The holiday season is upon us, and whatever holidays you celebrate, I hope they’re happy. It’s also a gift-giving season for many, so I thought this might be a good time for my list of favorite theatre books. If you’ve taken class with me I’ve likely mentioned these before.
As I type, I realize none of these books are in what I’d call traditional book form. Most are told through interviews and smaller “sound bites” that weave a clear narrative while allowing you to read in either short bursts, if that’s your thing, or full chapters.
While many of these books may focus on musical theatre, I promise they have tons of great insight for all actors and theatre lovers. Most of the musical actors interviewed also have successful careers in plays, film, and TV.
This list is by no means complete. I have many more favorites to talk about, but let’s start with ten. Here goes…
Free for All: Joe Papp, The Public, and the Greatest Theater Story Ever Told
by Kenneth Turan and Joseph Papp
A fascinating history of The Public Theater and the people who made it. It starts with a chapter on Papp’s life before launching into interviews with him and dozens of people he worked with over the years. Actors, directors, playwrights, designers, and donors. An extraordinary collection of talent. What show at the Public had so many audience members walking out that Papp carpeted the stairs to soften the blow for the actors? Read the book and find out!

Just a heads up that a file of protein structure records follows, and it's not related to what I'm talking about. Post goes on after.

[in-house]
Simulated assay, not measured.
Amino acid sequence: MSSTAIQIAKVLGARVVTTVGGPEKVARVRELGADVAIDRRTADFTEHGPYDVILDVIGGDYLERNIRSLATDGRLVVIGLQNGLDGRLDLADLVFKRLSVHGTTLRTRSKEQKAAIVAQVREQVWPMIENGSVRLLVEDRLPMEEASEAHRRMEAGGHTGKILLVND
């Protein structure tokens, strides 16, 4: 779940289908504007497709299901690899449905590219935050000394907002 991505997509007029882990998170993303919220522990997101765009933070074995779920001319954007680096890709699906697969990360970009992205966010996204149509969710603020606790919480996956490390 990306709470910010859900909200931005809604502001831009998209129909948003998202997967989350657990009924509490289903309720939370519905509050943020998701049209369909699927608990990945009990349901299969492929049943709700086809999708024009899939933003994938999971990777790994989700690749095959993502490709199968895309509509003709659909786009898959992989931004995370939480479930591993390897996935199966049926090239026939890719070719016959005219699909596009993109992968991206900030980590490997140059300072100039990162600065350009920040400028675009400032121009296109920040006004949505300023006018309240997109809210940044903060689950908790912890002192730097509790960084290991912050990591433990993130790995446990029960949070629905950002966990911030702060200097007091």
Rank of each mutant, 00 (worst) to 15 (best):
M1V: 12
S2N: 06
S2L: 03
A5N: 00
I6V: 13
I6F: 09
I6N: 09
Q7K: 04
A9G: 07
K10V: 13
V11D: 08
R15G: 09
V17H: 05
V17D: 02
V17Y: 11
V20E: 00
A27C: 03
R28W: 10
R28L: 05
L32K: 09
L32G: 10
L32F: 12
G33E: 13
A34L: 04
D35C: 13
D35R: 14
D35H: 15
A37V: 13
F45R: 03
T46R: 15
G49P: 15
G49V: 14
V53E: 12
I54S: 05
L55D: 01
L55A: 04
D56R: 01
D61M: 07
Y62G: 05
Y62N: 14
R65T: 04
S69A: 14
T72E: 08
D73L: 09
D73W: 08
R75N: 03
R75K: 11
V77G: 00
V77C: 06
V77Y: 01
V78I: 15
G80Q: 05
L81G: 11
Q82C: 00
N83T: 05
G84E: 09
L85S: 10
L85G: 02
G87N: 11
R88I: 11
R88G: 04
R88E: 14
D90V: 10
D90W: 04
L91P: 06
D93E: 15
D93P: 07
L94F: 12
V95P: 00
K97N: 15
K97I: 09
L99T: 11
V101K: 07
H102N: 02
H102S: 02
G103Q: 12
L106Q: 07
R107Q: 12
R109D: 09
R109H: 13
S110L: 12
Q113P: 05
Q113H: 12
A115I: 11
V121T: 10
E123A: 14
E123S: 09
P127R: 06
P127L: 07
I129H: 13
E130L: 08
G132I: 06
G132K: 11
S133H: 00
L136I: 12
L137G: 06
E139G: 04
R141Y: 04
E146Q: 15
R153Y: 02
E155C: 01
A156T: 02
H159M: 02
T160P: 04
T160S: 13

The World Only Spins Forward: The Ascent of Angels in America
by Isaac Butler and Dan Kois
Another book told through interviews. This time with playwright Tony Kushner and the many people associated with Angels in America from its development at the Eureka Theater in San Francisco to the most recent West End production that came to Broadway. Stunning insight into the creative process of what is arguably THE great American play, and loaded with great acting advice throughout.
Everything Was Possible: The Birth of the Musical Follies
by Ted Chapin
Much like the Angels book, but how the original production of Stephen Sondheim’s Follies came to be. The updated version explores more recent productions and recordings.
More Sondheim. I love Sondheim.
Finale: Late Conversations with Stephen Sondheim
by D.T. Max
Candid conversations with Sondheim in the years before his death. The book also touches on the creation of Here We Are, his last musical which is currently premiering at The Shed in NYC.
Nothing Like A Dame: Conversations with the Great Women of Musical Theater
by Eddie Shapiro
The title says it all. Interviews with some of the most successful women in musical theatre from Elaine Stritch to Audra McDonald. An entertaining read and full of valuable information, including how to take care of yourself in this business.
A Wonderful Guy: Conversations with the Great Men of Musical Theater
by Eddie Shapiro
Interviews with the men from Joel Grey to Jonathan Groff. Again, highly entertaining, and these conversations go well beyond musicals. Writer Shapiro knows and loves theatre. It shows in his questions, and his subjects respond by opening up in unexpected ways.